Orthologs identification and profile construction
We selected 14 different proteins known to be involved in copper homeostasis from three gamma proteobacterial isolates as seeds for BLAST searches of their orthologs: five proteins from Escherichia coli K12 MG1655 (CopA, CusA, CusB, CusC and CusF), eight proteins from Escherichia coli O1:K1:H7 (APEC) (PcoA, PcoB, PcoC, PcoD, PcoE, CueO, YebZ and CutF), and one protein from Salmonella enterica subsp. enterica serovar Typhimurium LT2 (CueP).
Ortholog assignment was performed using the Bidirectional Best Hit (BBH) criterion. The best hit of a seed sequence in a target genome is the gene in that genome that represents the best match. The best hit is bidirectional if both sequences (seed and target) result to be the best hit for each other .
This cluster comprises proteins from five different systems in two versions, with or without CusF, being the tightest pair in the cluster YebZ-CutF. YebZ is a homolog of PcoD and has been predicted to be an inner membrane protein whereas CutF belongs to the NlpE family and has been proposed to be an outer membrane protein. Both genes are relatively well represented in the ensemble with yebZ located in the genome of 88 Enterobacteria and cutF in the genome of 97 organisms from which 91% are Enterobacteria and the rest Vibrio (4%), Pasteurella, Acinetobacter, Alcanivorax and Halomonas (1% each). The stringent presence correlation of YebZ-CutF in 81 genomes of Enterobacteria cannot be explained by genetic linkage since in no case their genes are contiguous, suggesting strong functional compromise. Furthermore, cutF is not linked to any other gene encoding for copper homeostasis proteins.
CueO is a periplasmic MCO with activity of cuprous oxidase, cueO was located in the genome of 97 organisms from which 98% are Enterobacteria and the rest Aeromonas and Halothiobacillus (1% each). The genomic location of cueO is chromosomal in all analyzed organism and only in Halothiobacillus neapolitanus C2 it was found to be linked to other genes encoding for copper homeostasis proteins (cusABC-cueO-pcoAB). The presence of CueO with YebZ-CutF correlated in 78 genomes of Enterobacteria. In few cases such as in the genomes of four Erwinia species, in Aeromonas hydrophila subsp. hydrophila ATCC 7966 and in Ruthia maifica str. Cm, CueO was identified in the absence of the rest of the cluster.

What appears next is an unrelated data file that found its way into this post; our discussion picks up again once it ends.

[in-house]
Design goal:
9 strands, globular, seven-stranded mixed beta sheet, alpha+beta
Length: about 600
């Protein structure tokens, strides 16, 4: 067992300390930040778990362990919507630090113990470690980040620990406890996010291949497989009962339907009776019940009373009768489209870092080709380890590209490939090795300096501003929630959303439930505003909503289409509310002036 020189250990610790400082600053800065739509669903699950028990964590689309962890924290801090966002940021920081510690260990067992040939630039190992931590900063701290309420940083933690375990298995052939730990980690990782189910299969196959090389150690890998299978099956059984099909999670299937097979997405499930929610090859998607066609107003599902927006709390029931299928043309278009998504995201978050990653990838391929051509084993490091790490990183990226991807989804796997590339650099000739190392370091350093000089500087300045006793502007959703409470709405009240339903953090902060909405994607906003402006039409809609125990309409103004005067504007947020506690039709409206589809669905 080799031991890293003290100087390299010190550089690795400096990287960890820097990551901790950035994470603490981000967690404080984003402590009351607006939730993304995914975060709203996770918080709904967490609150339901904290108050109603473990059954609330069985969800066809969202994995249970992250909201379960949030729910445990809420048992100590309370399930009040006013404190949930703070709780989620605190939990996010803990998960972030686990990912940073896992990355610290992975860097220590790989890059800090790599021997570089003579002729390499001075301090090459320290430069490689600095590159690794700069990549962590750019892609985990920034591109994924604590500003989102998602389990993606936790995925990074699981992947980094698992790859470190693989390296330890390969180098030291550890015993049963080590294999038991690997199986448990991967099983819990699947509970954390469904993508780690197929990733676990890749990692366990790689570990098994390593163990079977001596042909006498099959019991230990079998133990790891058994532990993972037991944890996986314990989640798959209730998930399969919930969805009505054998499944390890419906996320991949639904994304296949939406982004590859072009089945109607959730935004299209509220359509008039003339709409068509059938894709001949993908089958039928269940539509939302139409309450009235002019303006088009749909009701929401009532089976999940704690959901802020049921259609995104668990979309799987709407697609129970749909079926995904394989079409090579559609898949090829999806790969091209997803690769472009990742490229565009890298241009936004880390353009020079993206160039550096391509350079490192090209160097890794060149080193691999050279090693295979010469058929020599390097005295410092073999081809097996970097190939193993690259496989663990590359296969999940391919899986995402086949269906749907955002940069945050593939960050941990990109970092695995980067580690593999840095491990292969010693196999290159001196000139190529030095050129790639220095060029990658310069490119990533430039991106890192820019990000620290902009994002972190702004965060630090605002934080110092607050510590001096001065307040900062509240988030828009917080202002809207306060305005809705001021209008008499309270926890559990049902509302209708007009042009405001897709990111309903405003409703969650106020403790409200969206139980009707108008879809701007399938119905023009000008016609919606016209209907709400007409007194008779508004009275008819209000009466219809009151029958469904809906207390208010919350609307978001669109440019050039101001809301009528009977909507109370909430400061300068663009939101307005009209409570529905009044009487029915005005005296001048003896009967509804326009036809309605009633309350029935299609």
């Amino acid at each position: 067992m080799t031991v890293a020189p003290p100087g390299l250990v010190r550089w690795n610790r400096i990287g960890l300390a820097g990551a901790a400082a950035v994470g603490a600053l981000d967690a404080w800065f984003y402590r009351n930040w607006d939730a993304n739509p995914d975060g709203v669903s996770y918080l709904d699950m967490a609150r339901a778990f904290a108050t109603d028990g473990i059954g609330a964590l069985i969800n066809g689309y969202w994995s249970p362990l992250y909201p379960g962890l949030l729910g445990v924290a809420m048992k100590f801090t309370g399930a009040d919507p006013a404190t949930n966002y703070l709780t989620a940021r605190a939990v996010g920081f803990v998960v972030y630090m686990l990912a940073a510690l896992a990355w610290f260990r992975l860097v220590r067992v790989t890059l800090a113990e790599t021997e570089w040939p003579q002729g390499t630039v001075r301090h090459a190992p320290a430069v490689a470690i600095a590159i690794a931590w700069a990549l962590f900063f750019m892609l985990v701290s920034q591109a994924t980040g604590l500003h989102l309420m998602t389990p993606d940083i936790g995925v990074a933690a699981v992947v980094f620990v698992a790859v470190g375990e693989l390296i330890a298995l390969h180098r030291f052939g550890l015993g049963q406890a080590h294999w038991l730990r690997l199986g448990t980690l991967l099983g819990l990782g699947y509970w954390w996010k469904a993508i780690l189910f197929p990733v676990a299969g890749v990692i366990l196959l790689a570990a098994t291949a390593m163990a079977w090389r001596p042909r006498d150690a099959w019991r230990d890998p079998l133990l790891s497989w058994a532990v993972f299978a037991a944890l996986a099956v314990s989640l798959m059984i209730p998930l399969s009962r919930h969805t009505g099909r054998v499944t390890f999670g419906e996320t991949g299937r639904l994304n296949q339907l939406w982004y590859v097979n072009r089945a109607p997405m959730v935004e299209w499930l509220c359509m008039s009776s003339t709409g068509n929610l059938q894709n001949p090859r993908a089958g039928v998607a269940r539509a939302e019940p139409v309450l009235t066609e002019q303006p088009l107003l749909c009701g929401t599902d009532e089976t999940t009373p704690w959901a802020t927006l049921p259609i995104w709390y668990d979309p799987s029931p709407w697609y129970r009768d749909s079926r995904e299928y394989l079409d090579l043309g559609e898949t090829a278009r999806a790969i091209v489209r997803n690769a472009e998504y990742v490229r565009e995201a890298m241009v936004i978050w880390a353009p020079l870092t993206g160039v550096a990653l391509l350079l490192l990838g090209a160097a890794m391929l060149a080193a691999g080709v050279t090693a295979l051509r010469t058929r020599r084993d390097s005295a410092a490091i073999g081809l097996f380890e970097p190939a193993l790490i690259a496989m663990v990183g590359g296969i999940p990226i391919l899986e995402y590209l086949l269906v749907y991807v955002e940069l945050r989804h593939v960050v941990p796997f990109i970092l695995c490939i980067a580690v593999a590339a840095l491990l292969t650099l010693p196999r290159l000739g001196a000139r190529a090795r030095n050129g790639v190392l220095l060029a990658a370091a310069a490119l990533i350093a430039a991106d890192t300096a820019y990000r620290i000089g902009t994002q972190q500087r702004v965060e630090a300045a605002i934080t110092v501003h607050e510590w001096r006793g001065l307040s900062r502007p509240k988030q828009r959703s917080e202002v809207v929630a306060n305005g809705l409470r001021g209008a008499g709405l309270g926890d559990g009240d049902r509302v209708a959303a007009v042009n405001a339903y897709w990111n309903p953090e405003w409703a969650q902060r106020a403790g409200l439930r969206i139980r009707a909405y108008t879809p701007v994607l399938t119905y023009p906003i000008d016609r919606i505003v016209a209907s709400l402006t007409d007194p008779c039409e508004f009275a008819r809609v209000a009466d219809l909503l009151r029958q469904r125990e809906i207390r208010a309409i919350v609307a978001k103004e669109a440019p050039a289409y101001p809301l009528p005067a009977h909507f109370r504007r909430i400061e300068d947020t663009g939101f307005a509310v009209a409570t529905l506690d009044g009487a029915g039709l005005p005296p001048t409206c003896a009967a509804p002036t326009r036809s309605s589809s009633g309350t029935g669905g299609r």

The fourth element of the cluster is PcoC, a periplasmic copper carrier that has been proposed to interact with PcoA. The genomic location of pcoC is chromosomal with five exceptions (Cronobacter turicensis TAX413502, Enterobacter cloacae subsp. cloacae ATCC 13047, Escherichia coli APEC O1, Klebsiella pneumoniae subsp. pneumoniae MGH 78578 and Klebsiella pneumoniae NTUH-K2044). It is important to notice that these five organisms harbor the full copper homeostasis protein repertoire. PcoC was identified in the genomes of 110 organisms from which 81% were Enterobacteria and the rest Pseudomonadales (7%), Chromatiales (4%), Alteromonadales (3%), Stenotrophomonas (2%), Acidiothiobacillus and Methylococcus (1% each). Chromosomal copies of pcoC are contiguous to other genes encoding for copper homeostasis proteins in 85 cases as well as in five out of six plasmidic copies. The whole pcoABCDE system was identified in one Cronobacter and in two Escherichia chromosomes and in one Cronobacter, one Escherichia and two Klebsiella plasmids. Incomplete operons were also identified: pcoABC in Shewanella, Idiomarina and in one Psudoalteromonas plasmid and pcoABCD in three Pseudomonas chromosomes. A particular configuration was observed in Enterobacter where pcoBCD are contiguous in chromosome but pcoAD are plasmid borne. pcoA and pcoC coexist in 26 genomes from which 34% are Enterobactriales, 26% Alteromonadales, 19% Chromatiales, and 11% each Pseudomonadales and Xanthomonadales. In spite of its putative role as interacting partners pcoA and pcoC are contiguous in only 9 cases, four in chromosome and five in plasmids; however, in 87% of the genomes where they coexist, the chromosomal copies of pcoC are contiguous to yebZ and yebY but not to other members of the Pco system with the exception of the eight organisms with high protein number where pcoC is contiguous to pcoD (Cronobacter turicensis TAX413502, Cronobacter sakazakii ATCC BAA-894, Enterobacter cloacae subsp. cloacae ATCC 13047, Klebsiella pneumoniae subsp. pneumoniae MGH 78578, Klebsiella pneumoniae NTUH-K204 and Escherichia coli 55989, ATCC 8739 and APEC0).